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  • The tale of the standing stones of Stanton Drew you may choose to dismiss or believe.

  • It happened they say many years ago on the night of a midsummer's eve. A young man and

  • woman had plighted their troth and been married that same afternoon. And now with their guests

  • they determined to dance til the rise of the midsummer moon. They'd hired a harper and

  • offered them coin if merry dance tunes they would strum. So the harper he played and the

  • hours flew by 'til the poor harper's fingers were numb. Tomorrow's the Sabbath the harper

  • cried out. You should go to your home and your bed! Or the Devil will come here and

  • make you his own. But they laughed and kept reveling instead. The

  • bride called to a piper to play on their pipe and the poor harper left them to rest. And

  • the piper piped up and the midnight hour passed and they danced on like they were possessed.

  • Next morning the harper returned to seek out a hood they'd mislaid in the night. In the

  • glow of the dawn of the midsummer sun they saw a remarkable sight.

  • Of the bride, groom and guests who but hours before had danced, there was nowhere a trace.

  • Instead where they'd capered and croused without care a stone circle stood in their place.

  • A circle of stones on the undisturbed grass where no circle of stones stood before. And

  • as for the revelers who danced past the dawn they were heard of and seen of no more.

  • To all wedding parties on midsummer's eve do not dance when the sabbath is due. Heed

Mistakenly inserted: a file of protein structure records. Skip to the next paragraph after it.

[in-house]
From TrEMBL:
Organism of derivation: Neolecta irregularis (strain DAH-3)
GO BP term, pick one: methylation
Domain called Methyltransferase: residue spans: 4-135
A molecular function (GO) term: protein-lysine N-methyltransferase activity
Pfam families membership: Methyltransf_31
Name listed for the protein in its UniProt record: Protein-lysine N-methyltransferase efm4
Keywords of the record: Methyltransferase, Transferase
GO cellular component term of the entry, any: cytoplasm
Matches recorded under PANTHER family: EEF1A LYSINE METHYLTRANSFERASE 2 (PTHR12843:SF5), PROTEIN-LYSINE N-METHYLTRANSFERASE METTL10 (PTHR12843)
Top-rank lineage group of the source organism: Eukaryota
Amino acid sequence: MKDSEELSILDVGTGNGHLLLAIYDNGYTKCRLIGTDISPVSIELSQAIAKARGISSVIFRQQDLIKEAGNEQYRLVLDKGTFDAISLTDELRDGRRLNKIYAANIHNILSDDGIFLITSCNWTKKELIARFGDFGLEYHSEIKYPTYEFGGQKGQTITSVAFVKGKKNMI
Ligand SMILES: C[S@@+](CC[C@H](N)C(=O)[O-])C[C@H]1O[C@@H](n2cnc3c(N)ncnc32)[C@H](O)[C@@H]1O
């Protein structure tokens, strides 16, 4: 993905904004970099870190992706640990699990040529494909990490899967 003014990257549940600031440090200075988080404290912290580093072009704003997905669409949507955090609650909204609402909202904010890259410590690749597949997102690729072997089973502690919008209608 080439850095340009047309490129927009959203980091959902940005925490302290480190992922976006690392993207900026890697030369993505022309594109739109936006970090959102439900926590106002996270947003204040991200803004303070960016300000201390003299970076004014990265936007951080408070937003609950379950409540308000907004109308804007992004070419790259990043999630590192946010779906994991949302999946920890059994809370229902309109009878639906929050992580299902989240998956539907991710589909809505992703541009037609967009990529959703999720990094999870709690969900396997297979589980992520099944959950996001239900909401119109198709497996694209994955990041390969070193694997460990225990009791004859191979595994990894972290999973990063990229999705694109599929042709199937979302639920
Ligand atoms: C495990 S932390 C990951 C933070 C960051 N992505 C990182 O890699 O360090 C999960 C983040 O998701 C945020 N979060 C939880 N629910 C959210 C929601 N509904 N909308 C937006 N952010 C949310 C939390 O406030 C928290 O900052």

• this warning or you may find yourselves transformed like the standing stones of Stanton Drew.

  • The Stanton Drew circles are supposed to be people who gathered for a wedding long, long

  • ago. They had the wedding on the Saturday but they didn't know when to stop. They didn't

  • realise that their dances and celebrations were going on through Saturday night towards

  • Sunday morning and they were encouraged by a mysterious musician who arrived from nowhere

  • and got them to keep on dancing. But when they passed the fatal division into Sunday

  • morning they were profaning the sabbath by making merry upon it and so automatically

  • got turned to stone to punish them for their sins. All of course except the mysterious

  • musician who was probably the Devil himself and vanished cackling to head on for another

  • misdeed.

  • The story is first recorded in the 17th century by one of the great founders of the discipline

  • of archaeology, a man called John Aubrey. He said that the circles were called the Wedding

  • in his time which commemorates the fatal wedding which ended up in the petrified dancers. There

  • are no less than three magnificent stone circles at Stanton Drew and another three stones set

  • in near the church so this is quite a spread-out magnificent elaborate site. They are a series

  • of ceremonial monuments. You can call them temples for short, built around about four

  • and a half thousand years ago to celebrate a religion of which we know absolutely nothing.

  • To keep people from dancing on the Sabbath, to point to something in the landscape and

  • say that could be you if you don't pay attention is an absolutely wonderful way of seizing

  • people's imaginations. Legends work really well if you can literally touch them, in other

  • words if they're about solid objects which you can see to the present day and to which

  • you can relate and Stanton Drew hits that one absolutely straight on.

The tale of the standing stones of Stanton Drew you may choose to dismiss or believe.

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B1 stanton harper sabbath drew wedding danced

Tales from English Folklore #2: The Dancers of Stanton Drew

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    Summer posted on 2020/06/08
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